In childhood, I used to lie on my back looking at the ceiling, imagining the room the other way up. So the room I’m in now would look like this.
I liked to figure out strategies for moving around from room to room with the challenge of such high thresholds, and think of lamps being stalks sticking up from the floor and wardrobes just below what would be the ceiling now.
I liked the odd nooks and angles, and the white emptiness of the ceiling. A fly on the wall lives as a minimalist.
Then recently, I got to thinking how curiously wonderful it would be to have a big old house still but almost no possessions. Maybe a cupboard in some discreet place with a core kit of cooking utensils, and a suitcase/trunk containing one’s worldly goods. I thought, if all five of us in our house had each one box of possessions, and nothing else, how big the house would become.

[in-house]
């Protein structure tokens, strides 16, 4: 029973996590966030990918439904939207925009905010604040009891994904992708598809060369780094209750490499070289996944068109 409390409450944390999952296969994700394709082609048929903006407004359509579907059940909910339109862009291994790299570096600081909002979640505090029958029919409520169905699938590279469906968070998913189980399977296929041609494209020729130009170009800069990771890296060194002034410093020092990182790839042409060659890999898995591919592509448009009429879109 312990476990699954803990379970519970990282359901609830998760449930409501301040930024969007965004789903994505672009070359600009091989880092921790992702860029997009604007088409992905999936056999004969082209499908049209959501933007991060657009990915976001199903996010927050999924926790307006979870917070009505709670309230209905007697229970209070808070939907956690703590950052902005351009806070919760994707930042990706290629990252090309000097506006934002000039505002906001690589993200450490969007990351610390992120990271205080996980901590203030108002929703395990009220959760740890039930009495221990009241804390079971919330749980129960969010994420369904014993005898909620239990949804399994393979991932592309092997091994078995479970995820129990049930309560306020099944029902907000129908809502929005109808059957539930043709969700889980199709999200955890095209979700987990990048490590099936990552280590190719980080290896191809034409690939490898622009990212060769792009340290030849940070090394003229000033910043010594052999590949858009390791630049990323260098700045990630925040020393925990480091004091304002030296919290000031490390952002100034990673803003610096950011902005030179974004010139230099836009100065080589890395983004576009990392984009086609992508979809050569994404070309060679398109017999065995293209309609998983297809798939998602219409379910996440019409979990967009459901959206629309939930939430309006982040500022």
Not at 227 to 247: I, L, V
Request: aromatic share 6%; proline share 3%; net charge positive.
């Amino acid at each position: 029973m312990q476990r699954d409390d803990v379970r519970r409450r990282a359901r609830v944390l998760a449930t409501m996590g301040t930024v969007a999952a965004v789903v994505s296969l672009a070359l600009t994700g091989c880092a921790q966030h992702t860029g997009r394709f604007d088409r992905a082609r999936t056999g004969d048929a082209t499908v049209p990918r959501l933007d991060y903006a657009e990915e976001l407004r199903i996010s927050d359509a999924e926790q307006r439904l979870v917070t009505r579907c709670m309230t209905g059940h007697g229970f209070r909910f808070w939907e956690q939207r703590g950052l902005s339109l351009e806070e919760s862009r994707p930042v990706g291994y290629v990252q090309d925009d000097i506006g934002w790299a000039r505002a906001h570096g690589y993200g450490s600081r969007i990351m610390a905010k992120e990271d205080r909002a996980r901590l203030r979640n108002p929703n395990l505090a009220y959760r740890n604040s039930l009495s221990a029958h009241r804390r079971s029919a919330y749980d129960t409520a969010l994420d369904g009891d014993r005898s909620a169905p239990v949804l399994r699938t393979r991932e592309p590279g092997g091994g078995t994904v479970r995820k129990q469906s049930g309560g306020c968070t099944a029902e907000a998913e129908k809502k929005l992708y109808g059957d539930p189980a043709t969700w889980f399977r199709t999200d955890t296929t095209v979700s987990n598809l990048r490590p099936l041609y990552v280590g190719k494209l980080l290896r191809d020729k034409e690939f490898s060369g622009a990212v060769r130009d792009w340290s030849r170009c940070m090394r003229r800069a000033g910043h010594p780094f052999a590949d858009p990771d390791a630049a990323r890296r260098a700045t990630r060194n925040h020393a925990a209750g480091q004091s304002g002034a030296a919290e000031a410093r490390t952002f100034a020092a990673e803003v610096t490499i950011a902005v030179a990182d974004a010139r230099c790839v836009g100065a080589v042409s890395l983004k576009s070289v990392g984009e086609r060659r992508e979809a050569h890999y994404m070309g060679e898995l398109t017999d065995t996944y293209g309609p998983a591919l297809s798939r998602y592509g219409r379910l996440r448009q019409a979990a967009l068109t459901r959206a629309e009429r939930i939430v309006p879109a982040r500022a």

If we each slept in a sleeping bag on the floor, we could sleep in different places according to our fancy. If the fire still burned low we could fall asleep beside it gazing into the embers. We could wander from room to room, singing in the echoes and watching the light enter and move around the house, slanting through, building and fading to dusk. The moon and stars through the curtainless widows would be our artwork, and the careless pile of firewood by the hearth.
The space would seem enormous because none of it would be defined. All of it entirely could be for dancing.
We would have dispensed with our furniture, our white goods and all our cleaning equipment. We would wash our few textile bits swiftly and easily at the launderette, and eat fruit and bread from the market, brought home in paper bags later used as kindling.
We would keep one laptop for music, TV and communication.
The garden would grow wild.
Once a week a Cleaning Firm would come with their buckets and mops.
“Here,” we would say, throwing open our doors that no longer needed locks: “Dust this.”